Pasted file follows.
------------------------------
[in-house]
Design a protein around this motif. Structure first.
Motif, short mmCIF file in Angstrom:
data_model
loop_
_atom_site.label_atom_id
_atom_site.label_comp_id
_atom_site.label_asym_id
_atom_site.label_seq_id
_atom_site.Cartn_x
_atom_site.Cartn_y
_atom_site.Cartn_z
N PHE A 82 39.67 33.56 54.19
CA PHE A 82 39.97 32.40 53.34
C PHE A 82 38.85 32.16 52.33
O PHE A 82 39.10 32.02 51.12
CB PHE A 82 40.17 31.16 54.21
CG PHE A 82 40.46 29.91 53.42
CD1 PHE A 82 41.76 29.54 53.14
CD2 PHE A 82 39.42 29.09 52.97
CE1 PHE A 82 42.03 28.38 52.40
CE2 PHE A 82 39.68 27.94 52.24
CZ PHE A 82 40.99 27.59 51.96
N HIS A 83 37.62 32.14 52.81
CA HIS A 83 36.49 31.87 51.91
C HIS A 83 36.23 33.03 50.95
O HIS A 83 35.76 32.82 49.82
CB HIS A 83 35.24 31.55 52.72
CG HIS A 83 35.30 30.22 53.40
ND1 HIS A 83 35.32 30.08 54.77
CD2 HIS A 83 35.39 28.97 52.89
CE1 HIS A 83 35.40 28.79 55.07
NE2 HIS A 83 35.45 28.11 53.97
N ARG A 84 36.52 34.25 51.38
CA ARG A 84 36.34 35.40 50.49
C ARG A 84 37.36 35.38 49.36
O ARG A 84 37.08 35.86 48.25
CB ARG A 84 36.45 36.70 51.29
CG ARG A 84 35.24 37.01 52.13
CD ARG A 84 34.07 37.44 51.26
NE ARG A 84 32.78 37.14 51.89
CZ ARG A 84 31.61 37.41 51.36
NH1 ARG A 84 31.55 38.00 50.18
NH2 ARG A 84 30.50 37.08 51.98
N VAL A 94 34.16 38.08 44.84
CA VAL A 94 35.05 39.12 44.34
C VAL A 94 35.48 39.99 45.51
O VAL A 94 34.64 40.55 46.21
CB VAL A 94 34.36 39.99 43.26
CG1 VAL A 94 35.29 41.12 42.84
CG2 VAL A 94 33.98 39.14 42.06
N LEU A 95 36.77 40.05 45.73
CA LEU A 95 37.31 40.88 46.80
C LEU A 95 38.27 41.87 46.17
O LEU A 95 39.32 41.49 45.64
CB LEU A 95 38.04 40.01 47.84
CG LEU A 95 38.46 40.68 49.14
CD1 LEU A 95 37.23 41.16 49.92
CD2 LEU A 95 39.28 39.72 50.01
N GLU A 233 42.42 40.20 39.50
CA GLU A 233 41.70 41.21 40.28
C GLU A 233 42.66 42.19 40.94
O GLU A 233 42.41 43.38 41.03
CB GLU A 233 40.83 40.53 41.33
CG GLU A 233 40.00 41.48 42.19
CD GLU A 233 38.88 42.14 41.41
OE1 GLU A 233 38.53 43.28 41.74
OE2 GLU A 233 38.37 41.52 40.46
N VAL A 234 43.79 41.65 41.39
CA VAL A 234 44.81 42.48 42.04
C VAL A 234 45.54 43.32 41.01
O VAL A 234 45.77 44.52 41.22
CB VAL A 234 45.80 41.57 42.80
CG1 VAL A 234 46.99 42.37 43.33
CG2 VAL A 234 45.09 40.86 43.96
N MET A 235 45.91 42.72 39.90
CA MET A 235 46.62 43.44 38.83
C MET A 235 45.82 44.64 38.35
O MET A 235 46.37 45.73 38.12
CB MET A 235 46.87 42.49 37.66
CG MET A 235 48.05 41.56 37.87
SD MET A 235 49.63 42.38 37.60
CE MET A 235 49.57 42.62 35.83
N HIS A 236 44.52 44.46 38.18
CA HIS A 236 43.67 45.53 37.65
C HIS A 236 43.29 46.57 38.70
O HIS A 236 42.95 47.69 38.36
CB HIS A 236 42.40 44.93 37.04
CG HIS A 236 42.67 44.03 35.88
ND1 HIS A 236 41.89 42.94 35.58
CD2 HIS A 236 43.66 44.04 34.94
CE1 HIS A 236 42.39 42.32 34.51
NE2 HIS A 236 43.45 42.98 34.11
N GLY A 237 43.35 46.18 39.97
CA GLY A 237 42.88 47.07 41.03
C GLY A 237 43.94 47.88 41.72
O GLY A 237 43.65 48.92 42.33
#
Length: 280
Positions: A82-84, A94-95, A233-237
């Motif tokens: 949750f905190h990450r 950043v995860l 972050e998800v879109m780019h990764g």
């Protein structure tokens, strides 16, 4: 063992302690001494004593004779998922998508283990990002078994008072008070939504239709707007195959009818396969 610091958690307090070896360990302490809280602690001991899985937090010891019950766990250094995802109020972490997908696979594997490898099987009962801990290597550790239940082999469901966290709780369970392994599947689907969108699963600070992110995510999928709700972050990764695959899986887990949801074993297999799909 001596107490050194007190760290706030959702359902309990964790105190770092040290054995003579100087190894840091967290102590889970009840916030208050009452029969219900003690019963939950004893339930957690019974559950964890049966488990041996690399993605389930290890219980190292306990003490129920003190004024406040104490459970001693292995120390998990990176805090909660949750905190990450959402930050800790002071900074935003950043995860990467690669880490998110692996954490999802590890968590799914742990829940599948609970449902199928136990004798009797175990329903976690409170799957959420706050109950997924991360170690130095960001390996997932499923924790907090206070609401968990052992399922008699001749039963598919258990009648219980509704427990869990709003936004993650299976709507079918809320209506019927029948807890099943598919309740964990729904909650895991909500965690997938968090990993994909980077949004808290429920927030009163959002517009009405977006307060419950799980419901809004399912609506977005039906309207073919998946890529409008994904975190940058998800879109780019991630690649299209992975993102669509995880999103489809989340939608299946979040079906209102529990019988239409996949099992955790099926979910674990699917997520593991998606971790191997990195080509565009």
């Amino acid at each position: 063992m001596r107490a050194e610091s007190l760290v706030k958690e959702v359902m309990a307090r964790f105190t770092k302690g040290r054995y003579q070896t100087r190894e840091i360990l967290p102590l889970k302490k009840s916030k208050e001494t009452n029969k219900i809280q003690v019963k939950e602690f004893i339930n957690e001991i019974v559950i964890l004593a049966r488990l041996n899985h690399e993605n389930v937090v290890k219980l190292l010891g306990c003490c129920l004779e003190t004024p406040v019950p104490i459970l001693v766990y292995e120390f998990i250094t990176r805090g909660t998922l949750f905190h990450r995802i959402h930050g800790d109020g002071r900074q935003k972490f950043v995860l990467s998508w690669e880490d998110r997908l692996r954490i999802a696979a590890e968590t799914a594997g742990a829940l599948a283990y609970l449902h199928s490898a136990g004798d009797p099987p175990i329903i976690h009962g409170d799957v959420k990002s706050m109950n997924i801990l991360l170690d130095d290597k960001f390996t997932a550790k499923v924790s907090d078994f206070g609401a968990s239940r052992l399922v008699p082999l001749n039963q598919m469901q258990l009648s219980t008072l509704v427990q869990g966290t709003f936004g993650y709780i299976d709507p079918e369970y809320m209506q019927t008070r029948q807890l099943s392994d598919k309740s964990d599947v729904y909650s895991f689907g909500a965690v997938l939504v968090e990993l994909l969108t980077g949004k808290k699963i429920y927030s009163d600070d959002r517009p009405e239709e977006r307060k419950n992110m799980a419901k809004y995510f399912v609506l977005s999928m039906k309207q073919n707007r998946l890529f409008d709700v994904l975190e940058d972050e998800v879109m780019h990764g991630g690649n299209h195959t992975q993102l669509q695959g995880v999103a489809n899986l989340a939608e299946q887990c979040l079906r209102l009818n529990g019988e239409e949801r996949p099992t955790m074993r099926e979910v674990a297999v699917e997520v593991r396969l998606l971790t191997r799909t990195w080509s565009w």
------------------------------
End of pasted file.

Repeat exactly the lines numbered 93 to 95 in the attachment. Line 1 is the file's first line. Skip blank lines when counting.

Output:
NE2 HIS A 236 43.45 42.98 34.11
N GLY A 237 43.35 46.18 39.97
CA GLY A 237 42.88 47.07 41.03